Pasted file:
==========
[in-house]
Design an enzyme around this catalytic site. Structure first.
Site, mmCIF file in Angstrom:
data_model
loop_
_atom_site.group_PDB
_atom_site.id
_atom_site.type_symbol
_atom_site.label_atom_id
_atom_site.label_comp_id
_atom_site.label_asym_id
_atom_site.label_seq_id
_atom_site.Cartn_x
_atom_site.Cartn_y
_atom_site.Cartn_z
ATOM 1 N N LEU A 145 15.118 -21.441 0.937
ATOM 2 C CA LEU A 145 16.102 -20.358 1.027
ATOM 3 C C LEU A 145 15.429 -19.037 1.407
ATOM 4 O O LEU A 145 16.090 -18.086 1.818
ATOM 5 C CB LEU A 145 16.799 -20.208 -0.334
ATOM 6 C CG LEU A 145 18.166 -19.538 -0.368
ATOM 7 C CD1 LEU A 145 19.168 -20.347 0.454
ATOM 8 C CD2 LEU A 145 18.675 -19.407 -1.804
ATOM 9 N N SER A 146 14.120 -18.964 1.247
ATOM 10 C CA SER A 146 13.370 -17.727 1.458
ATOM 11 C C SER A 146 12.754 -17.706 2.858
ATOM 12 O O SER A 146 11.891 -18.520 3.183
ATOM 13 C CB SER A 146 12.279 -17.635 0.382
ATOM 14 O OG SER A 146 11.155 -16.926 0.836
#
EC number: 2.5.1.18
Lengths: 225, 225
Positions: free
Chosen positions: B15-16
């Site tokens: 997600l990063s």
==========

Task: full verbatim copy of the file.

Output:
[in-house]
Design an enzyme around this catalytic site. Structure first.
Site, mmCIF file in Angstrom:
data_model
loop_
_atom_site.group_PDB
_atom_site.id
_atom_site.type_symbol
_atom_site.label_atom_id
_atom_site.label_comp_id
_atom_site.label_asym_id
_atom_site.label_seq_id
_atom_site.Cartn_x
_atom_site.Cartn_y
_atom_site.Cartn_z
ATOM 1 N N LEU A 145 15.118 -21.441 0.937
ATOM 2 C CA LEU A 145 16.102 -20.358 1.027
ATOM 3 C C LEU A 145 15.429 -19.037 1.407
ATOM 4 O O LEU A 145 16.090 -18.086 1.818
ATOM 5 C CB LEU A 145 16.799 -20.208 -0.334
ATOM 6 C CG LEU A 145 18.166 -19.538 -0.368
ATOM 7 C CD1 LEU A 145 19.168 -20.347 0.454
ATOM 8 C CD2 LEU A 145 18.675 -19.407 -1.804
ATOM 9 N N SER A 146 14.120 -18.964 1.247
ATOM 10 C CA SER A 146 13.370 -17.727 1.458
ATOM 11 C C SER A 146 12.754 -17.706 2.858
ATOM 12 O O SER A 146 11.891 -18.520 3.183
ATOM 13 C CB SER A 146 12.279 -17.635 0.382
ATOM 14 O OG SER A 146 11.155 -16.926 0.836
#
EC number: 2.5.1.18
Lengths: 225, 225
Positions: free
Chosen positions: B15-16
């Site tokens: 997600l990063s």